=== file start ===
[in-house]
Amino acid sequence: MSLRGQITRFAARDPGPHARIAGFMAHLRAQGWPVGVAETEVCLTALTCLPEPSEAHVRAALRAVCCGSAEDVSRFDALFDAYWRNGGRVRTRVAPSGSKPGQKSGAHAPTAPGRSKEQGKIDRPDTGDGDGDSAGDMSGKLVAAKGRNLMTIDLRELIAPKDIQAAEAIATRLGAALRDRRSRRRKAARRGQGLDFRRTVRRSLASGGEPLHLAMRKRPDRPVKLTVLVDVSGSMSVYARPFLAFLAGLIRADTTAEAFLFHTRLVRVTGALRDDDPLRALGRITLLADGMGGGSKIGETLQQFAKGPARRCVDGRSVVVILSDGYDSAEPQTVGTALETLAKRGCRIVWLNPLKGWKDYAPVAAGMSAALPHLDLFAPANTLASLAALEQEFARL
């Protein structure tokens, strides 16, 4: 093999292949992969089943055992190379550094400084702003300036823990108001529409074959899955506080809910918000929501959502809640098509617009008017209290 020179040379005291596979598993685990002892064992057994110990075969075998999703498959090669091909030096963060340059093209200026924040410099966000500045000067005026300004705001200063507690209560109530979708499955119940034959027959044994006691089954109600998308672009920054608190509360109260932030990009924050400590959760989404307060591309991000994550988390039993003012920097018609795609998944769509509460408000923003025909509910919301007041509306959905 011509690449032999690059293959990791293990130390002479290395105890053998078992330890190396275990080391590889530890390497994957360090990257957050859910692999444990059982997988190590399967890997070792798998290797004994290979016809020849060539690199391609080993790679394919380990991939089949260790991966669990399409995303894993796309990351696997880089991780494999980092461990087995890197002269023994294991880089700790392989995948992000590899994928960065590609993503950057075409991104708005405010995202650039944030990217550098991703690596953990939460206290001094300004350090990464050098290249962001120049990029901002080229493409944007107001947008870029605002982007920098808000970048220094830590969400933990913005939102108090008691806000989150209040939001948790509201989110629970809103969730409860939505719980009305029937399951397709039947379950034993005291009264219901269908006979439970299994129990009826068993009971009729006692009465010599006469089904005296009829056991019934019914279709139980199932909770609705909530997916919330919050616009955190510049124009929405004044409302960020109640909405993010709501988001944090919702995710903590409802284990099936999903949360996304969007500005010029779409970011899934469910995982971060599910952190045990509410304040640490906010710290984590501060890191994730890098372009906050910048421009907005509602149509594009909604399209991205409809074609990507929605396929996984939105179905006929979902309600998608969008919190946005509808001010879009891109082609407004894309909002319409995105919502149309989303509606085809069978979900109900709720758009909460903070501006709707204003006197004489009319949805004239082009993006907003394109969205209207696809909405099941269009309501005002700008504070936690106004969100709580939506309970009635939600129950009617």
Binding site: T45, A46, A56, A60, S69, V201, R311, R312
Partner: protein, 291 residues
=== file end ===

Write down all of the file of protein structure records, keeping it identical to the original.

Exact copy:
[in-house]
Amino acid sequence: MSLRGQITRFAARDPGPHARIAGFMAHLRAQGWPVGVAETEVCLTALTCLPEPSEAHVRAALRAVCCGSAEDVSRFDALFDAYWRNGGRVRTRVAPSGSKPGQKSGAHAPTAPGRSKEQGKIDRPDTGDGDGDSAGDMSGKLVAAKGRNLMTIDLRELIAPKDIQAAEAIATRLGAALRDRRSRRRKAARRGQGLDFRRTVRRSLASGGEPLHLAMRKRPDRPVKLTVLVDVSGSMSVYARPFLAFLAGLIRADTTAEAFLFHTRLVRVTGALRDDDPLRALGRITLLADGMGGGSKIGETLQQFAKGPARRCVDGRSVVVILSDGYDSAEPQTVGTALETLAKRGCRIVWLNPLKGWKDYAPVAAGMSAALPHLDLFAPANTLASLAALEQEFARL
């Protein structure tokens, strides 16, 4: 093999292949992969089943055992190379550094400084702003300036823990108001529409074959899955506080809910918000929501959502809640098509617009008017209290 020179040379005291596979598993685990002892064992057994110990075969075998999703498959090669091909030096963060340059093209200026924040410099966000500045000067005026300004705001200063507690209560109530979708499955119940034959027959044994006691089954109600998308672009920054608190509360109260932030990009924050400590959760989404307060591309991000994550988390039993003012920097018609795609998944769509509460408000923003025909509910919301007041509306959905 011509690449032999690059293959990791293990130390002479290395105890053998078992330890190396275990080391590889530890390497994957360090990257957050859910692999444990059982997988190590399967890997070792798998290797004994290979016809020849060539690199391609080993790679394919380990991939089949260790991966669990399409995303894993796309990351696997880089991780494999980092461990087995890197002269023994294991880089700790392989995948992000590899994928960065590609993503950057075409991104708005405010995202650039944030990217550098991703690596953990939460206290001094300004350090990464050098290249962001120049990029901002080229493409944007107001947008870029605002982007920098808000970048220094830590969400933990913005939102108090008691806000989150209040939001948790509201989110629970809103969730409860939505719980009305029937399951397709039947379950034993005291009264219901269908006979439970299994129990009826068993009971009729006692009465010599006469089904005296009829056991019934019914279709139980199932909770609705909530997916919330919050616009955190510049124009929405004044409302960020109640909405993010709501988001944090919702995710903590409802284990099936999903949360996304969007500005010029779409970011899934469910995982971060599910952190045990509410304040640490906010710290984590501060890191994730890098372009906050910048421009907005509602149509594009909604399209991205409809074609990507929605396929996984939105179905006929979902309600998608969008919190946005509808001010879009891109082609407004894309909002319409995105919502149309989303509606085809069978979900109900709720758009909460903070501006709707204003006197004489009319949805004239082009993006907003394109969205209207696809909405099941269009309501005002700008504070936690106004969100709580939506309970009635939600129950009617």
Binding site: T45, A46, A56, A60, S69, V201, R311, R312
Partner: protein, 291 residues